Southern Arizona Road Trip Highlights Desert Landscape

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tomb stone

Day 2: Tombstone and Bisbee (124 miles)

Start on a ‘sky island’ – one of the region’s isolated peaks that rise above the daytime heat, nighttime chill and generally harsh, dry desert conditions. Fifty-five of these peaks form the Madrean Archipelago, stretching from Mexico to the southwest and featuring one of the richest biodiversities on the planet.

Driving uphill can mimic a trip north to the Canadian border, as you pass through dry scrub, grasslands, and oak and pine forests while ascending where alpine species thrive. These ecosystems provide refuge for humans and animals – and some offer world-class birding, like Madera Canyon, 32 miles northwest of historic Valle Verde Ranch, mostly on I-19 and South Madera Canyon Road. This valley perched on the northwest face of the Santa Rita Mountains attracts 15 species of hummingbirds, including the rare Calliope, North America’s smallest feathered friend.

For a good walk, try the Proctor Loop: a paved, accessible three-quarters of a mile route that starts at the first Madera Canyon Recreation Area parking lot. You can see deer and songbirds along the trail and look out for Whipple Observatory that shines west on Mount Hopkins.

Amp things up in Tombstone, 65 miles to the east, mostly via State Roads 83 and 82. This town leans on its Western heritage, especially the 30-second shootout at the OK Corral, which pitted lawmen against corrupt and power-hungry cowboys who worked in the moonlight. thieves and murderers. Actors recreate the shootout three times a day (at 11 a.m., 1 p.m., and 3 p.m.), and many locals and visitors wear period clothing throughout the compact historic center, where stagecoaches are still kicking up dust.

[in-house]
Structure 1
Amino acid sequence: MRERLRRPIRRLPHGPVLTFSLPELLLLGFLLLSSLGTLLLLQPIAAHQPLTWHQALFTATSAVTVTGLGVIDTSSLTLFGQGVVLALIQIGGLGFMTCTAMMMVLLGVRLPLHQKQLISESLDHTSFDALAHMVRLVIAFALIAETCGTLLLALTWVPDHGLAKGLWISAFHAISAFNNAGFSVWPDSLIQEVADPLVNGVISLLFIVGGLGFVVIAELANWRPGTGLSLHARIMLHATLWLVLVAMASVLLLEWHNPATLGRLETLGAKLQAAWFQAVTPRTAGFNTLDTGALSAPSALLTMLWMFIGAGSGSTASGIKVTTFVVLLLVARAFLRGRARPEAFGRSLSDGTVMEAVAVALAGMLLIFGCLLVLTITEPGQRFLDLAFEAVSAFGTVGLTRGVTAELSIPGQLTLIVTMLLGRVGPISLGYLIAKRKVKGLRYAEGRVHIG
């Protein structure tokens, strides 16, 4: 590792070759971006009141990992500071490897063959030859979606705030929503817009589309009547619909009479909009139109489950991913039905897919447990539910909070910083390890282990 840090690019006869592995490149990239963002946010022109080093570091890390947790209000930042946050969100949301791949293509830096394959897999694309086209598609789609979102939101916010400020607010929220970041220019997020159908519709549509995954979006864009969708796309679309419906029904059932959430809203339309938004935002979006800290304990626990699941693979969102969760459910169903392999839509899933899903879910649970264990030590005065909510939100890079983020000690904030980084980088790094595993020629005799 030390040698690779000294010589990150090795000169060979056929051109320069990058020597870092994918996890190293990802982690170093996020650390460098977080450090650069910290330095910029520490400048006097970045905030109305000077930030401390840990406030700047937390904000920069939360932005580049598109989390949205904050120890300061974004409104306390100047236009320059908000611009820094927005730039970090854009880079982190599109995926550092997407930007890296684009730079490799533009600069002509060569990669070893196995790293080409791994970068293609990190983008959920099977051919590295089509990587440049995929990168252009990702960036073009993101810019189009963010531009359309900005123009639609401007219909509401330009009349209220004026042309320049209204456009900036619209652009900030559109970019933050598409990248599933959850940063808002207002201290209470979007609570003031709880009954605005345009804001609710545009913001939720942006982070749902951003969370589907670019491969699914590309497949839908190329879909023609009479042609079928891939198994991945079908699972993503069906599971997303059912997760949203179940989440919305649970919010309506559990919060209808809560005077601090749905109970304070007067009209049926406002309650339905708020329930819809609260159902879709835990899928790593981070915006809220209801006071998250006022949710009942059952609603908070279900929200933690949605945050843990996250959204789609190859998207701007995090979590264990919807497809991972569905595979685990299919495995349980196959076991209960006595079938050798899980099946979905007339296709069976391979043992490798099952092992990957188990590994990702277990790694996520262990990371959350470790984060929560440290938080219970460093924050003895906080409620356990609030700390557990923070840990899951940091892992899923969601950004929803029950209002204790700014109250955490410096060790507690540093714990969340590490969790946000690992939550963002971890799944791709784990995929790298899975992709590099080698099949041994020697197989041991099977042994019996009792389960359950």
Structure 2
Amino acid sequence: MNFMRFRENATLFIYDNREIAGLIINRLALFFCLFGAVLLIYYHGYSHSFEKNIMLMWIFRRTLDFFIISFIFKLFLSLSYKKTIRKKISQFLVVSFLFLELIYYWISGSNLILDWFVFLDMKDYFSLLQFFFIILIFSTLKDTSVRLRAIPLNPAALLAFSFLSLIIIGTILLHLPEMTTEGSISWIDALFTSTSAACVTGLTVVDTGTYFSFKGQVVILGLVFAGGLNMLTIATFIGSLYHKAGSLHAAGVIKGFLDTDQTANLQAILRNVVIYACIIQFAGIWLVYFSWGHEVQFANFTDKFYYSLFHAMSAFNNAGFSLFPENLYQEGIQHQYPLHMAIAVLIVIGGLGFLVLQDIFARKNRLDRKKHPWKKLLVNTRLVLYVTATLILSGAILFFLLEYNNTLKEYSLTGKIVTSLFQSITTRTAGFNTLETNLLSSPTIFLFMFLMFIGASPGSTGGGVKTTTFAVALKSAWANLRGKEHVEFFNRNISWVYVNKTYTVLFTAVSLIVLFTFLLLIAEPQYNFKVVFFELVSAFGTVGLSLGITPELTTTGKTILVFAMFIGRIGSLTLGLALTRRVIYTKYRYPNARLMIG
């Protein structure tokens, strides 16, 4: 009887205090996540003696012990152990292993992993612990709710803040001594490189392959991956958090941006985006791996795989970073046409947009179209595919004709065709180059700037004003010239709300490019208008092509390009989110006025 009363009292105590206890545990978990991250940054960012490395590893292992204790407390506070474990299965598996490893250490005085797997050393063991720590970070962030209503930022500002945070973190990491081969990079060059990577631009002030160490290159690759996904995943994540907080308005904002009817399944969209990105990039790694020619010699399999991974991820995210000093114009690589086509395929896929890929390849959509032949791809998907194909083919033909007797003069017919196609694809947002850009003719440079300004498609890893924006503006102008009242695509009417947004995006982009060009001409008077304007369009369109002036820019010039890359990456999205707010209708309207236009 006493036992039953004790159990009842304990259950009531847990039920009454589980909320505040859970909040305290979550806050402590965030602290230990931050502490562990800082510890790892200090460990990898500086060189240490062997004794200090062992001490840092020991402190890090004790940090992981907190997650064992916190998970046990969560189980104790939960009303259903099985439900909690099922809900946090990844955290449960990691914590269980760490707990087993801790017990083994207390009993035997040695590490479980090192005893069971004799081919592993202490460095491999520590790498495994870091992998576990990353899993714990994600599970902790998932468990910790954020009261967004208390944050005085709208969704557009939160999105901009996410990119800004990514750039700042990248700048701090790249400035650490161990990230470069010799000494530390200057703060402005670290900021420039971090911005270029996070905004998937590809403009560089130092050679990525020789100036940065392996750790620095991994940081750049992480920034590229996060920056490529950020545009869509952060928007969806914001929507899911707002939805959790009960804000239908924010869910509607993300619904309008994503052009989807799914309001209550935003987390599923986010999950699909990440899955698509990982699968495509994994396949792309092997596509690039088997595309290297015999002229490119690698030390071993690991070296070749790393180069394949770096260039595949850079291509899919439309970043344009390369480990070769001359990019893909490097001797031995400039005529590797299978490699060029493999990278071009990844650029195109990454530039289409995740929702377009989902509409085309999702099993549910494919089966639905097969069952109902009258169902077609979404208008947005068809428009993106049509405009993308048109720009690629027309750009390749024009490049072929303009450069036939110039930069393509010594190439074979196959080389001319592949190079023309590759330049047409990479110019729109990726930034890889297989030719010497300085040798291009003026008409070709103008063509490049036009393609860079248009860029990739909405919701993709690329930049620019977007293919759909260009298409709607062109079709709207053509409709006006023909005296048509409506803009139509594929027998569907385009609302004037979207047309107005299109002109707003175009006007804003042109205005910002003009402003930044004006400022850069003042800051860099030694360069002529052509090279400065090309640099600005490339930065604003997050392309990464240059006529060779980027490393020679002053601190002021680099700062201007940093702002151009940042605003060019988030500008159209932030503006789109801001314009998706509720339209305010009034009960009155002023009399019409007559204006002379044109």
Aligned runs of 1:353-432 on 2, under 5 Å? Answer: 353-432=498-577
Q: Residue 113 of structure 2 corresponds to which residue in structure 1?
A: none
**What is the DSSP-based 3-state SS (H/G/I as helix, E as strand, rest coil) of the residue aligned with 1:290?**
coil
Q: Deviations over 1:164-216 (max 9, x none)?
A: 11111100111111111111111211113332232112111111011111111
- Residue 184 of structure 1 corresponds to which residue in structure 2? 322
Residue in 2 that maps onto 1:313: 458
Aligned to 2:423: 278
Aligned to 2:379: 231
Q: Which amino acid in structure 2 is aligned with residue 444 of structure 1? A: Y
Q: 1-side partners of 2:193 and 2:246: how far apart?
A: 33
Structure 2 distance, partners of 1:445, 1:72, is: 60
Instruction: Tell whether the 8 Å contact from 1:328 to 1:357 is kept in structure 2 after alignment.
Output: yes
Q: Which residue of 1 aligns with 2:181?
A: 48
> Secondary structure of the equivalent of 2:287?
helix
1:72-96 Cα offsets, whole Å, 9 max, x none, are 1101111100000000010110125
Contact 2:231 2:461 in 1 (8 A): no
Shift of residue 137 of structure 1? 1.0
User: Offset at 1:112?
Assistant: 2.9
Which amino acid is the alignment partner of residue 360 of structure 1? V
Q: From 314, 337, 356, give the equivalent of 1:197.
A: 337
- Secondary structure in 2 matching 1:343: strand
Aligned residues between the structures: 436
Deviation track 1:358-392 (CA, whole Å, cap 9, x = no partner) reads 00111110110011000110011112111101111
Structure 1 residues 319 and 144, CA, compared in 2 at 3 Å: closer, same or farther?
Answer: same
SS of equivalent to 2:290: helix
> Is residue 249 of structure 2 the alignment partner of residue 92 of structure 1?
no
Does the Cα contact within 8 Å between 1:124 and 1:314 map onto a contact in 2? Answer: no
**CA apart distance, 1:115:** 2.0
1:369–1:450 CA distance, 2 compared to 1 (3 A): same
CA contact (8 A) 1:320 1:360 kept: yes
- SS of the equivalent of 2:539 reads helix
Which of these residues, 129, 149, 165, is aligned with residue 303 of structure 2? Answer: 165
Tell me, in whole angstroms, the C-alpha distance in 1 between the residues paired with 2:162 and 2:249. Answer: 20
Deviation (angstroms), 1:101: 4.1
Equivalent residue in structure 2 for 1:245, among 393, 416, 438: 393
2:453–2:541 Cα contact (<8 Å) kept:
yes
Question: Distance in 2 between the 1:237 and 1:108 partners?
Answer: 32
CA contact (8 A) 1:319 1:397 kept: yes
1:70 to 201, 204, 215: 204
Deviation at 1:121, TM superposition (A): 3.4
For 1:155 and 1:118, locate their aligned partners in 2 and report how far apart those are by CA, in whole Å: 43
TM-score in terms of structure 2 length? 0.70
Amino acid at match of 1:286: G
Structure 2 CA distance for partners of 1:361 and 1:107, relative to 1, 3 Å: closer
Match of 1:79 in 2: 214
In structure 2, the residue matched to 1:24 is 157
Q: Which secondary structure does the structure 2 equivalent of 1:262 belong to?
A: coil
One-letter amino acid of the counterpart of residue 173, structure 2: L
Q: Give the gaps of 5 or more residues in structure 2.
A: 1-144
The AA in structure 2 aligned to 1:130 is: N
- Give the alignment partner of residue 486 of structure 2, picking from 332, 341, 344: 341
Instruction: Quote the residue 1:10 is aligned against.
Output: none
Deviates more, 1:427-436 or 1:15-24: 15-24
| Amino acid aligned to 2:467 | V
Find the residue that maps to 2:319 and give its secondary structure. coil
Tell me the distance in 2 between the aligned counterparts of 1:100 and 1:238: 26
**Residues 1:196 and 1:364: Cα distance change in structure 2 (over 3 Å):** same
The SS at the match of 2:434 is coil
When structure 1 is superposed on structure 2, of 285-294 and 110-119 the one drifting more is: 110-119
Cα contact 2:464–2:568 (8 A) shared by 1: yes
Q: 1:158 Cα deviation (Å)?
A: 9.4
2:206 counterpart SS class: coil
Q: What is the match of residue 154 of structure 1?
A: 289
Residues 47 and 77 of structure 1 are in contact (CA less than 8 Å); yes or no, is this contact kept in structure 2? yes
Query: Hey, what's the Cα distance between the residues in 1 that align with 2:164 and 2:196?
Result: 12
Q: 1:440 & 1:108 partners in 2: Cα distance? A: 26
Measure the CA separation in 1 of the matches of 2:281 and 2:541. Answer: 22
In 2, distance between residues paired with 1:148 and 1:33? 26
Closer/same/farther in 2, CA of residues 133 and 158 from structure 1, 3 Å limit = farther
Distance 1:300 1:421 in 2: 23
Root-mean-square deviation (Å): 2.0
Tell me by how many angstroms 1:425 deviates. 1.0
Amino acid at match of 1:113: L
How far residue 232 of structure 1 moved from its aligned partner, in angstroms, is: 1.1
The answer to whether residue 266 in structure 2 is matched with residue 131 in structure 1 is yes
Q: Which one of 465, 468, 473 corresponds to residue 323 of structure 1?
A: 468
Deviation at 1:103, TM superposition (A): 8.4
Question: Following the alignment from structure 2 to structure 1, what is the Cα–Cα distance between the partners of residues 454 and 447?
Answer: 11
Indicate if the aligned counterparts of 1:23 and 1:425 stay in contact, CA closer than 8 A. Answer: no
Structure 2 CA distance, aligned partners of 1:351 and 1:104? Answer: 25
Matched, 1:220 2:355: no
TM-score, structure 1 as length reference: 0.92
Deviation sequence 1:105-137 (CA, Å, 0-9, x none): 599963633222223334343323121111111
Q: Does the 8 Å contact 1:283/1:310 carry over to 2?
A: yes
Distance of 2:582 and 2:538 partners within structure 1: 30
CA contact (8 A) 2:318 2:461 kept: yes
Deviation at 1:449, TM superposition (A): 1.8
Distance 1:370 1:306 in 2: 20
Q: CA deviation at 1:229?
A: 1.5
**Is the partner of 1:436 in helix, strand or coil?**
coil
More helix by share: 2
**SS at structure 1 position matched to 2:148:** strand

Discover a different slice of Golden Age history at Bisbee, 23 miles southeast on SR 80. Mining began here in 1887, thanks to one of the world’s largest mineral deposits. rich in the world. The “Queen of Copper Camps” became the largest city between St. Louis and San Francisco for a time. It faltered when the mine closed in 1975, though it soon found new life as a haven for artists, bohemians and retirees. Check out its one-of-a-kind galleries and shops, such as downtown’s Óptimo Custom Hatworks, which sells stylish mattress toppers made from toquilla straw and beaver and rabbit fur felt.

Wandering the steep streets can be one hell of a workout. Refuel at Table on Main Street with drunken mushrooms, sautéed in a garlic cream sauce made with European-style pilsner from the Old Bisbee Brewery.

Where to stay: In Bisbee, reserve one of 12 vintage trailers – or even a 1947 Chris-Craft yacht! – at Shady Dell, 4 miles southwest of town, mostly accessible via SR 80. This retro haven opens its restaurant Friday through Sunday, 10am-3pm. Don’t miss the signature burger, made with Angus chuck and served on a bun.

Freeda S. Scott